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BC NDP adds to majority, BC Greens first off-island seat heads to recount as tally ends

Last Updated Nov 8, 2020 at 7:17 pm PDT

FILE PHOTO -- Image Credit: BC NDP
Summary

Elections BC's official seat count shows the BC Liberals with 28, the BC Greens with two

Races that were too close to call in districts that have been longtime BC Liberal strongholds have officially flipped

Whether the BC Greens will have tow seats or three remains to be seen

VICTORIA (NEWS 1130) — It’s official. The BC NDP’s decision to call a snap election has paid off with the party winning 57 seats in the legislature, ushering in a decisive majority government.

The final count of hundreds of thousands of mail-in and absentee ballots concluded Sunday, with John Horgan’s New Democrats gaining 16 seats.

RELATED: BC NDP picks up two Fraser Valley seats as provincial vote count continues

Elections BC’s official seat count shows the BC Liberals with 28, and the BC Greens with two. A judicial recount has been ordered in one riding, West Vancouver-Sea to Sky, where the incumbent BC Liberal leads by 41 votes.

Races that were too close to call in districts that have been longtime BC Liberal strongholds have officially flipped to the NDP, including in Vernon-Monashee where Harwinder Sandhu ousted incumbent Eric Foster who has held that seat since 2009.

“It was nail-biting and very exciting at the same time it felt like a rollercoaster. It feels like a historic moment for sure in our own little riding,” she says.

Sandhu won by 424 votes, securing the first victory there for a candidate who is not a BC Liberal since 1996.

She says she’s looking forward to getting to work on the issues affecting her community: healthcare, seniors, care, housing affordability, and the economic affects of COVVID-19 on local farmers and industry.

“We do have so many issues in our riding and it’s time to put the words and the promises, the policies I’ve shared into action,” she says.

The BC Liberals held onto five seats in the Interior, but Sandhu is optimistic she can find common cause that crosses party lines.

“I have no concerns or issues working collaboratively with anybody regardless of party. The bottom line is, issues unite us all and we’re all equally passionate to serve our constituents,” she says.

While Sandhu was awaiting the results, she spoke with Premier John Horgan.

“We spoke last week when he called me because the race was so close and he was calling me to tell me how proud he was. I did mention our key priorities and issues and he was very supportive,” she explains.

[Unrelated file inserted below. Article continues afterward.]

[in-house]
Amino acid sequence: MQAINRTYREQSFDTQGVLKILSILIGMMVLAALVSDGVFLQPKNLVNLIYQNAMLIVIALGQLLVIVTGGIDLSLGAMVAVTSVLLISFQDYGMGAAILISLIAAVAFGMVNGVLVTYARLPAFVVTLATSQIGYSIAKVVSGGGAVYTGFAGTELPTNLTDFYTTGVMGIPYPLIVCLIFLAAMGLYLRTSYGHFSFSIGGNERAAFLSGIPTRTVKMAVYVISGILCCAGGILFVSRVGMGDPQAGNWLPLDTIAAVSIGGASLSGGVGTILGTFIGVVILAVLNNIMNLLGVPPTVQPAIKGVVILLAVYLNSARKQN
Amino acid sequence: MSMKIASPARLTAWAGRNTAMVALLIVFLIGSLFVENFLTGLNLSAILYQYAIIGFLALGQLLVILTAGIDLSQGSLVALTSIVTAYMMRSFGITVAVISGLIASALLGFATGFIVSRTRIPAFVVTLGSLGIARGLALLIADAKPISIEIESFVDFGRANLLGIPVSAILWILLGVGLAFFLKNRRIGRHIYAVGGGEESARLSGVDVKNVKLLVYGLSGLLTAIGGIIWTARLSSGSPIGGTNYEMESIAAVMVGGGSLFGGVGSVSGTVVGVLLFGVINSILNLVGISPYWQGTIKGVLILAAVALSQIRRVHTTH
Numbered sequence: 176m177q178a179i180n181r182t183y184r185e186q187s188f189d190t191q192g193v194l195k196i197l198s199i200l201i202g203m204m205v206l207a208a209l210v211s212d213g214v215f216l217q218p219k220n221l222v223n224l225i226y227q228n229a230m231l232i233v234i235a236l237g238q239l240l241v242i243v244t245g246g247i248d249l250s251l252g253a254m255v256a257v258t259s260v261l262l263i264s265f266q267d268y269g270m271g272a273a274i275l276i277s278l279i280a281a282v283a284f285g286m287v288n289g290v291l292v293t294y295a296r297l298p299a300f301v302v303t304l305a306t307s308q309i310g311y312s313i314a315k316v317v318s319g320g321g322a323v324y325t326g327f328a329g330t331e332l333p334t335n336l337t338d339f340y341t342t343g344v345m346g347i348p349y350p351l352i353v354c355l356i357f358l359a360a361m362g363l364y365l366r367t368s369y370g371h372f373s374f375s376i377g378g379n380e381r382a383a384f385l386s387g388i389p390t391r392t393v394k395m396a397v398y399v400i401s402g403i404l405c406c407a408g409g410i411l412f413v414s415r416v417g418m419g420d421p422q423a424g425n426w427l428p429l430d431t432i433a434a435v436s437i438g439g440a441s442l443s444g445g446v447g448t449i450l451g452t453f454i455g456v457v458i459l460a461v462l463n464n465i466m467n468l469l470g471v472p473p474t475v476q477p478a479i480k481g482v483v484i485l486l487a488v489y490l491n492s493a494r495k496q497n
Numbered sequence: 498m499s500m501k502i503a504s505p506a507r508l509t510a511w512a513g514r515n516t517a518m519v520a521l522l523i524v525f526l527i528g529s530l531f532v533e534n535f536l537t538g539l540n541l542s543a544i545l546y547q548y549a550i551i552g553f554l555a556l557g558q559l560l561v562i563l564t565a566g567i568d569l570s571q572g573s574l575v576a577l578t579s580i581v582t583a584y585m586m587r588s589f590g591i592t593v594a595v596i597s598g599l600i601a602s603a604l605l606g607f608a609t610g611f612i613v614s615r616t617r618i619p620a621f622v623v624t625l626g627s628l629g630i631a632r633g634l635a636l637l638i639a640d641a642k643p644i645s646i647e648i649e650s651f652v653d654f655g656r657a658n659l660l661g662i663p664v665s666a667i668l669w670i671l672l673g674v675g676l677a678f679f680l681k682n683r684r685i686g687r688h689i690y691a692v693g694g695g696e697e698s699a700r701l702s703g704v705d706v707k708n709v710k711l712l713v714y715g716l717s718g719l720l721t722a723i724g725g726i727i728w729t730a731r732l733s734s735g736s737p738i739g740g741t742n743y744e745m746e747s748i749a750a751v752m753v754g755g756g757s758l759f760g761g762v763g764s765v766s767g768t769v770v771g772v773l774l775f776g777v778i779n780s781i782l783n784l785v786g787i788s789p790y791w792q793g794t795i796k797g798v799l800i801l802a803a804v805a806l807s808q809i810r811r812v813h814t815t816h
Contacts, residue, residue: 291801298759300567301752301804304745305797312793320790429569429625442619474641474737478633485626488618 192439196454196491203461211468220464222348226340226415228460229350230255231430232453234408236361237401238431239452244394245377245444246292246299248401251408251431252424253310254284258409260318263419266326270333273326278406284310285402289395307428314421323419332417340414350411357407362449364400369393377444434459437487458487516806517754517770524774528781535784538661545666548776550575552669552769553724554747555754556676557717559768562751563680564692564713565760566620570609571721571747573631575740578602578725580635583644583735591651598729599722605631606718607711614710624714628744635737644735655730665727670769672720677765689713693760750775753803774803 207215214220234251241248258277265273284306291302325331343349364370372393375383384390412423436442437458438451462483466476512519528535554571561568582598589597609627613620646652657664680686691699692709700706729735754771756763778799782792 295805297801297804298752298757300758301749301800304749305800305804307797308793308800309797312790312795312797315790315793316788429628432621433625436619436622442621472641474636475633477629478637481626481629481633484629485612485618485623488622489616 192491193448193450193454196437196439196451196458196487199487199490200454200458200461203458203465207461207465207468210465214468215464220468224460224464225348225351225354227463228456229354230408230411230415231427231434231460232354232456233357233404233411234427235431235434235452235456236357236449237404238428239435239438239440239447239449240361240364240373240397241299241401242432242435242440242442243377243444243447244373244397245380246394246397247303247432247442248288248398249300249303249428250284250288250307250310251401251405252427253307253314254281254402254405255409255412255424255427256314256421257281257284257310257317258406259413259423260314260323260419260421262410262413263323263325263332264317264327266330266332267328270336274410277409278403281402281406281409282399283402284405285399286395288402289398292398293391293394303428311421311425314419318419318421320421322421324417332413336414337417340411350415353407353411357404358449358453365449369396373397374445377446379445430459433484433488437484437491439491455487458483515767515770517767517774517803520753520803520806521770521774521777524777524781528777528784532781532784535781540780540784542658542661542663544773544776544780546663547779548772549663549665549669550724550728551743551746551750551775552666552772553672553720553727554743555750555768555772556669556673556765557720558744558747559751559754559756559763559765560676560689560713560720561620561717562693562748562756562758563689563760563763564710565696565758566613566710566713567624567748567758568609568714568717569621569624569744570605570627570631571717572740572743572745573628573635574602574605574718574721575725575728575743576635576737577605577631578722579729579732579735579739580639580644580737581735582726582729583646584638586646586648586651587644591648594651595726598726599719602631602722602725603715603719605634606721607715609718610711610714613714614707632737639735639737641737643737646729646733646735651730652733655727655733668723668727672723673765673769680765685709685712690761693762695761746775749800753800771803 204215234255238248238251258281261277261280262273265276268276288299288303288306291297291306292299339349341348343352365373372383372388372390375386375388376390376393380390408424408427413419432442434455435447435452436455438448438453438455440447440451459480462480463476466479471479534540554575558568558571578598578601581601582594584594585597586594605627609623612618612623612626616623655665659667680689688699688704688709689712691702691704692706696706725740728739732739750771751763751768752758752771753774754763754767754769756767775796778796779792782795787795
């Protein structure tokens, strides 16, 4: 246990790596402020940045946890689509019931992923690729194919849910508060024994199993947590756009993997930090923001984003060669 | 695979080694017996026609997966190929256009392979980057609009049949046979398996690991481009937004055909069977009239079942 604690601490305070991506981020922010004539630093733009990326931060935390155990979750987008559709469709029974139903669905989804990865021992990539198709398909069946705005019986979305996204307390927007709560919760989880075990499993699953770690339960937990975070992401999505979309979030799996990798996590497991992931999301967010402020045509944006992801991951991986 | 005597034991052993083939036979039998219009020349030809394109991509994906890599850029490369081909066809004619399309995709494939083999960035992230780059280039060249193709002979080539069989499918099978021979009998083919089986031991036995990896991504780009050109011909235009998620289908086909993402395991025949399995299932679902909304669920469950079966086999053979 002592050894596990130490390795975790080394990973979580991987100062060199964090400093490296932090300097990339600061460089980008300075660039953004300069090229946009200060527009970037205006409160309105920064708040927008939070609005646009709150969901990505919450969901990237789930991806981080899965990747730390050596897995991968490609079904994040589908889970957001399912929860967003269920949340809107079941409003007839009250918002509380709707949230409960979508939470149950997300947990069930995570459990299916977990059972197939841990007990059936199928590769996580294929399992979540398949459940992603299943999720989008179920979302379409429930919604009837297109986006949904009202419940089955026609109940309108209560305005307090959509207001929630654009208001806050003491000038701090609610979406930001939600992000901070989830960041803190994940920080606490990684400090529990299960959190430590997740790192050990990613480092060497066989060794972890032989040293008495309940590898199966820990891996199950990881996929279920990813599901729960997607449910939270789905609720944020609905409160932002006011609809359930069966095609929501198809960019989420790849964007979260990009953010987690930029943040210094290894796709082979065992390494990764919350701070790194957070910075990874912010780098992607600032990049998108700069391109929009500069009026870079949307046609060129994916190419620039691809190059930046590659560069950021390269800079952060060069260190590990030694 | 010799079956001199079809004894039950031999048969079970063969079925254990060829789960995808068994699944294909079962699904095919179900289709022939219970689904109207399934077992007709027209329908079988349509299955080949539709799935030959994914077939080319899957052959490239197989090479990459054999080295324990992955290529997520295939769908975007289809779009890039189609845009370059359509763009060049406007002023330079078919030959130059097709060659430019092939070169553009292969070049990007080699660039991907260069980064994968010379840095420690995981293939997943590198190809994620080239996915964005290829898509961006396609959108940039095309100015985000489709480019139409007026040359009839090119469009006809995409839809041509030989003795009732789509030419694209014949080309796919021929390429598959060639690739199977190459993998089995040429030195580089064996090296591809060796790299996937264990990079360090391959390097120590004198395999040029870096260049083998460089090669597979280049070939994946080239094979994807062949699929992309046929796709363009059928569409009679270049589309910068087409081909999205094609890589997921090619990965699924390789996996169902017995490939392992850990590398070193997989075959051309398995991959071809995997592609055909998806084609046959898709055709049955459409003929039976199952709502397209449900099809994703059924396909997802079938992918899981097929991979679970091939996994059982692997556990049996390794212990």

Horgan, issuing a statement Sunday says his majority government will remain focused on the pandemic.

“COVID-19 is presenting us with new challenges each day, and we need to keep the focus where it belongs: keeping ourselves, our families, and our communities healthy, safe, and secure.”

RELATED: Narrow victory for BC Liberals in West Vancouver-Sea to Sky forces recount

Meantime, BC Greens Leader Sonia Furstenau will have to wait a little longer to know how her party fared.

In West Vancouver – Sea to Sky, Green candidate Jeremy Valeriote led Liberal incumbent Jordan Sturdy by 604 votes on Oct. 24. At the end of the final count Valeriote is trailing BC Liberal Jordan Sturdy by 41 votes, a result that has triggered an automatic judicial recount.

“We’re going to be watching closely and of course hoping for the best but also recognizing that no matter what Jeremy Valeriote was campaigning for four weeks and had a remarkably successful campaign,” Furstenau says.

She remains critical of the decision to call an early election amid the COVID-19 pandemic.

“It was not responsible to throw an unnecessary election at a time like this and what it’s meant is — effectively — since Sept. 21 we have not had a legislature to hold government to account, to ask hard questions, to be able to seek clear guidance from government, because there hasn’t been a government,” she says.

“It’s really unfortunate that we’ve been out of the legislature all these weeks when we should have been in there, serving the people of British Columbia.”